"Cho now realized the boy would make monsters of them before his quest was done!"

There's also a very solid mystery to this revenge storyline:

- What did happen to Ein?

- Why does he want to kill the Emperor?

- Why does he wear a red scarf and no shoes? (see the magnificent cover for Ein's red scarf).

These are pertinent questions and all of them are answered with some mental deduction by the readers as well as some huge plot twists by the author. Including the biggest twist of them all which left me stunned and was one which I don't think has been explored much in the fantasy genre. This was a particularly wicked one and I truly can't talk more. But believe me, you will know when you stumble across it as do the characters...

The story is filled with action sequences and personal battles that bring to mind Wuxia literature and anime movies. The author is a huge fan of anime and manga and there are plenty of homages and nods snuck in throughout the book. One particular reference is about China's most celebrated historical epic and it was a nice wink. I appreciated how Rob Hayes has managed to utilize East Asian lore and martial arts aspects and add his own particular brand of twisted plotlines to give us a revenge story that's uniquely his own. This world that's introduced within is too interesting for the author to just give us a standalone entry. I hope that the author write more stories set in this world as I would like to know more about:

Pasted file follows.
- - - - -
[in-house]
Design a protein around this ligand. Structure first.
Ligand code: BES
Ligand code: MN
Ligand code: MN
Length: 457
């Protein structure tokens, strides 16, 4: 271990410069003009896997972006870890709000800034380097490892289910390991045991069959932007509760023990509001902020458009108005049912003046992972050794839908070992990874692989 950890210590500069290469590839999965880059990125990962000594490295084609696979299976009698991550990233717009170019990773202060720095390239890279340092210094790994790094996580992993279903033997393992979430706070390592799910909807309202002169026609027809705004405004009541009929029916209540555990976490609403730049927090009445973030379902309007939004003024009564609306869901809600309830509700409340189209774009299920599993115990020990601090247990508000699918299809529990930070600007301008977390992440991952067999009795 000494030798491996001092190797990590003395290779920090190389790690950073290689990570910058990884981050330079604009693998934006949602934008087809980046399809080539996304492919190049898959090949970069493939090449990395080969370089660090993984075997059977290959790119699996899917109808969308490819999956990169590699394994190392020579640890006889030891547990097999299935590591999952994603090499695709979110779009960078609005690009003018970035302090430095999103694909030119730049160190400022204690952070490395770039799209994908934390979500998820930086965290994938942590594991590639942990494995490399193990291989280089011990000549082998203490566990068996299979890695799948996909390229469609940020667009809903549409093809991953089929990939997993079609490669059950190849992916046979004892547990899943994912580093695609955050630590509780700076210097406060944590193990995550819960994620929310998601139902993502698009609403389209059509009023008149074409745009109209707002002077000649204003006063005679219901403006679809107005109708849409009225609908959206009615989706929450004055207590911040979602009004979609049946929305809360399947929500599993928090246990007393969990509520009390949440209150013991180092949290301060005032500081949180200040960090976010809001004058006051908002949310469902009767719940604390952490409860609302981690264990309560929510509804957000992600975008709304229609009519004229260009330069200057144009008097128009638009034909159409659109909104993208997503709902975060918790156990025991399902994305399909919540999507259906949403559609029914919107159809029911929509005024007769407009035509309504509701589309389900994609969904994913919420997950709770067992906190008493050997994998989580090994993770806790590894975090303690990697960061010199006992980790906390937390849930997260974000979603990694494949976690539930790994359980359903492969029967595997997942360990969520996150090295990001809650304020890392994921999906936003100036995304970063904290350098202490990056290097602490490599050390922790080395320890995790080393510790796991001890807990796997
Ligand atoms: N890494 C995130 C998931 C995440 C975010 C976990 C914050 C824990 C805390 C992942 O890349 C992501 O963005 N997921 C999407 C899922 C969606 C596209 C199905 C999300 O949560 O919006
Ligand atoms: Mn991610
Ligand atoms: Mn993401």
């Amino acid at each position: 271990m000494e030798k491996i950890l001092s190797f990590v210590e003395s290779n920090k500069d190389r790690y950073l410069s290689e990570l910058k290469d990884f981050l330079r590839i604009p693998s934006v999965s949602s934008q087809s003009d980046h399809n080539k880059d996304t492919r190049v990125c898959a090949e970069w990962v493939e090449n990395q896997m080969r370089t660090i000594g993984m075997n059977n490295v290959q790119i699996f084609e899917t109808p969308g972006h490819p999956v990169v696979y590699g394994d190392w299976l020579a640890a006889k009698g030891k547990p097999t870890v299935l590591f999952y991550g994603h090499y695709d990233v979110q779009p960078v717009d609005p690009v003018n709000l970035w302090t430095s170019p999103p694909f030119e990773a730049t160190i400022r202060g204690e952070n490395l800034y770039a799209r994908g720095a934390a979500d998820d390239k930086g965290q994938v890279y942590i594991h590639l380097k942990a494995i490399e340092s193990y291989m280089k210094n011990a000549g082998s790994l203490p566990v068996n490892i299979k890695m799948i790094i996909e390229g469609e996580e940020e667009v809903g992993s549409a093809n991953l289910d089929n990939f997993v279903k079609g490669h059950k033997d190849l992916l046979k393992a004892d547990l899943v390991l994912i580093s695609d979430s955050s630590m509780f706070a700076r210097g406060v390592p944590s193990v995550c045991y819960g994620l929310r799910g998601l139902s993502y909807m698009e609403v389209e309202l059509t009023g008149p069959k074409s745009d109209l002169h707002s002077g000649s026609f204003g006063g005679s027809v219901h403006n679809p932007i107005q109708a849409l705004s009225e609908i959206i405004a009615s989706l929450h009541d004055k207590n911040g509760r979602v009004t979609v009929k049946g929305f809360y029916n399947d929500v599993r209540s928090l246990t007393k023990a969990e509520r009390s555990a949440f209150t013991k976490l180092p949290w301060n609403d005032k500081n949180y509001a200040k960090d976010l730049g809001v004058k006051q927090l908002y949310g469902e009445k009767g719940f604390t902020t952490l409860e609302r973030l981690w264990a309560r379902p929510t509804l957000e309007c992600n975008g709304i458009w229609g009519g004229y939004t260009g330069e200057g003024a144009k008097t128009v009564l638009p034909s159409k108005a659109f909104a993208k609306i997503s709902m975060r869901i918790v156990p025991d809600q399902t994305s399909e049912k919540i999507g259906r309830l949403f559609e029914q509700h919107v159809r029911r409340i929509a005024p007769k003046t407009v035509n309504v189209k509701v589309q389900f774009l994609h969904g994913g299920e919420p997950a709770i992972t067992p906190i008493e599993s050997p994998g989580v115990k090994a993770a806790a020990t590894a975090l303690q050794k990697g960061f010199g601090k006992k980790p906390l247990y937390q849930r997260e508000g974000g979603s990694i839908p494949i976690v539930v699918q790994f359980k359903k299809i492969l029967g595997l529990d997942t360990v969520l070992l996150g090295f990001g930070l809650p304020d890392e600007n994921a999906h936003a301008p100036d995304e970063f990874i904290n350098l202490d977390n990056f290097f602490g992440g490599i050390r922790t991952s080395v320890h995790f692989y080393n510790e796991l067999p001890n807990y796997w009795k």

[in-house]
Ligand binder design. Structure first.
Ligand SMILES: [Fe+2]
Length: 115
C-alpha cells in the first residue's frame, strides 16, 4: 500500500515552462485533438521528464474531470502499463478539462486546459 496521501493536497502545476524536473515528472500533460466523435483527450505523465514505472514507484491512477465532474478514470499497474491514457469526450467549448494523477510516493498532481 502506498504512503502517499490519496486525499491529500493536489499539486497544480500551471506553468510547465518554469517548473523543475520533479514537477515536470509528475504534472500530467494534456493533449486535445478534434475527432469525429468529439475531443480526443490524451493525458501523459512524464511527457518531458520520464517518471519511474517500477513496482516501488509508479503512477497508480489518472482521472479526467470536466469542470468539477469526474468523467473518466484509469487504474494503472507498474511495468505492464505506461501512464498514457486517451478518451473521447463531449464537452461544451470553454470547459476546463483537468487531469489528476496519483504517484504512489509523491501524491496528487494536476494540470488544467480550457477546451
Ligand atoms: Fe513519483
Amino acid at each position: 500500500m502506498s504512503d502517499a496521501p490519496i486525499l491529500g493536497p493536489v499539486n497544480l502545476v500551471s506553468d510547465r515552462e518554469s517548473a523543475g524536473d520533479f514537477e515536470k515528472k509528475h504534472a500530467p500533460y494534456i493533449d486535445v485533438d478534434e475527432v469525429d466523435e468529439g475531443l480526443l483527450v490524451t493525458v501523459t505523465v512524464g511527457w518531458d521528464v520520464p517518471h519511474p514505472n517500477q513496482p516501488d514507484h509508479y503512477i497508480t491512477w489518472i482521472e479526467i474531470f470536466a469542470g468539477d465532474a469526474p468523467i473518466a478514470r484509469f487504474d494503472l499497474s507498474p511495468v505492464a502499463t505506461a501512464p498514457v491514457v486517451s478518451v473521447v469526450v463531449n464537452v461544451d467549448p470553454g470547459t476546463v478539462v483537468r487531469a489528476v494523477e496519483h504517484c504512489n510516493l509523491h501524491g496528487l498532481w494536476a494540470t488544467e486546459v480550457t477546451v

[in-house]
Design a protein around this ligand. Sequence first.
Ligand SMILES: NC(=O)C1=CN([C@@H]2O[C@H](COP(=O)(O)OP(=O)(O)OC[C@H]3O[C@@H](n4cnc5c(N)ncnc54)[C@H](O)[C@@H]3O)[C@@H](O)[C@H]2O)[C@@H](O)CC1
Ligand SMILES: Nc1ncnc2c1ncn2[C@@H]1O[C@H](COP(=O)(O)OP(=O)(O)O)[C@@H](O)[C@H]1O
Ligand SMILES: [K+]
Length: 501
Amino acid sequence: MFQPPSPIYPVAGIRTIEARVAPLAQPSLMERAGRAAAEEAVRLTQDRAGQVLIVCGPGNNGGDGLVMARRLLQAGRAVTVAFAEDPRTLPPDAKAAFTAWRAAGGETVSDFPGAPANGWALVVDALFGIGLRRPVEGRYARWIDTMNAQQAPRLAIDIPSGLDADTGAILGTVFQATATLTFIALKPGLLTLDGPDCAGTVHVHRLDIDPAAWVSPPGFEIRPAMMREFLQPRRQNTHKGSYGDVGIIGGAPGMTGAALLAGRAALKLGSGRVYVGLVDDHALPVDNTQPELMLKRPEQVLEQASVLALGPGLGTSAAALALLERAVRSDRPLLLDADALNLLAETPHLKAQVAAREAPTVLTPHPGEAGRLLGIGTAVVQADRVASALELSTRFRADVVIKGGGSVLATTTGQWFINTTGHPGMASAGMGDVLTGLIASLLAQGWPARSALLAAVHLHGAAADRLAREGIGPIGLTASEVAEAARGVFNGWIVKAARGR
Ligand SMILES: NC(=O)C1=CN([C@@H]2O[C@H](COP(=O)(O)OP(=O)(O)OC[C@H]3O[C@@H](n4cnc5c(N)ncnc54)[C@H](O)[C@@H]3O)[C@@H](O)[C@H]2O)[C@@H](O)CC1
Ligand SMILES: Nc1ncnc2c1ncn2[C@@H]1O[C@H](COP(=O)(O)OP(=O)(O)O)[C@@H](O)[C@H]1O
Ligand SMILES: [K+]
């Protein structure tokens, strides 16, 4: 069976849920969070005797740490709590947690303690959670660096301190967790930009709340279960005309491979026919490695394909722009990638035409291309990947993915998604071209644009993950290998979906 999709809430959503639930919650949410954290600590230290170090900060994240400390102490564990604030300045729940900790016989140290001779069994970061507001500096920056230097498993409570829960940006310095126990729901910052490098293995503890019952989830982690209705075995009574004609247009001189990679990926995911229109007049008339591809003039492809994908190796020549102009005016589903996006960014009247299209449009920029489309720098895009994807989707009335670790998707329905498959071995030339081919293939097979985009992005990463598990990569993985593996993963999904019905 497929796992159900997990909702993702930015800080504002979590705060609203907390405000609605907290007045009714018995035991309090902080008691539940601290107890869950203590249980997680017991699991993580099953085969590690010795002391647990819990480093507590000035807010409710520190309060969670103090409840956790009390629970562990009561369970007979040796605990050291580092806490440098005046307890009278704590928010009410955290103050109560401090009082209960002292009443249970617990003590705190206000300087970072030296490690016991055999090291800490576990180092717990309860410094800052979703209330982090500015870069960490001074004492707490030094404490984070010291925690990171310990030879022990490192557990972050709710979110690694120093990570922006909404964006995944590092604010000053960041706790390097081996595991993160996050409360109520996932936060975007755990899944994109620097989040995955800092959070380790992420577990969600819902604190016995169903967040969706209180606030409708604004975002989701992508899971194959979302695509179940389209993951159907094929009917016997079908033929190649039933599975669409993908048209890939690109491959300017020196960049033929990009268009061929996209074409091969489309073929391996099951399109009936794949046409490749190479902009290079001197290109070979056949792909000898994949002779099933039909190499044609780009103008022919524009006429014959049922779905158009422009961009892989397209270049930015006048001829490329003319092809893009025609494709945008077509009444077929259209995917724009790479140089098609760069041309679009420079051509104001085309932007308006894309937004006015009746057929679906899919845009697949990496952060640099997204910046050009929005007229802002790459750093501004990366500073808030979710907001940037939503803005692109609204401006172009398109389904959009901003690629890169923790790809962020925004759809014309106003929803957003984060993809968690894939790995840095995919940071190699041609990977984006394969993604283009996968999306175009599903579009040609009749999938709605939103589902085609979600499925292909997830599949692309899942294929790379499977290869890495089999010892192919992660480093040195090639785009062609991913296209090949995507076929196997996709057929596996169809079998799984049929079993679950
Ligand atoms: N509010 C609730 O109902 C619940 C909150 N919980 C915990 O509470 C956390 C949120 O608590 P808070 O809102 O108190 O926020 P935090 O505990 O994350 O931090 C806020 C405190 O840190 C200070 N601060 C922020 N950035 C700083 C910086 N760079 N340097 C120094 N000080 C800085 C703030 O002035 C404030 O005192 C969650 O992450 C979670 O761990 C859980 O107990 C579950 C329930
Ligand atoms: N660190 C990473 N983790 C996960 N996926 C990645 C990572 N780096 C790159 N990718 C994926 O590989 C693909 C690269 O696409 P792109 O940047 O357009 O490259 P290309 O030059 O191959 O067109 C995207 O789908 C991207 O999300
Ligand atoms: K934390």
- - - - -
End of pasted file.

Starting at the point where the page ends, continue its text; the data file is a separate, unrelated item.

- Of the Century Blade's past as well as the outcome of his fifth trial,

- The troubles and possible conflict with the Cochtan,

- The true backstory & the future of Daiyu Lingsen also referred to as The Art Of War by friends and foes alike.

There's just so much of this world that's mentioned in a throwaway line or character remembrance that as a reader, I was completely entranced and left wanting to explore more of it.

Lastly I must say that the cover of this book is truly fantastic. Artist Felix Ortiz & designer Shawn King have come up with something unique and wondrous. The cover matches the brilliance of the story and dare I say perhaps outshines it. As self-published books go, this cover is one of the best that I've ever seen and rivals the best that traditionally published books have to offer. Don't believe me, the Barnes & Noble SF&F blog folks say so as they hosted the cover reveal for the book. Making this a special first for any self-published title or author ever in the history of the fantasy genre. Now that's just a particular inkling for the kind of book this is.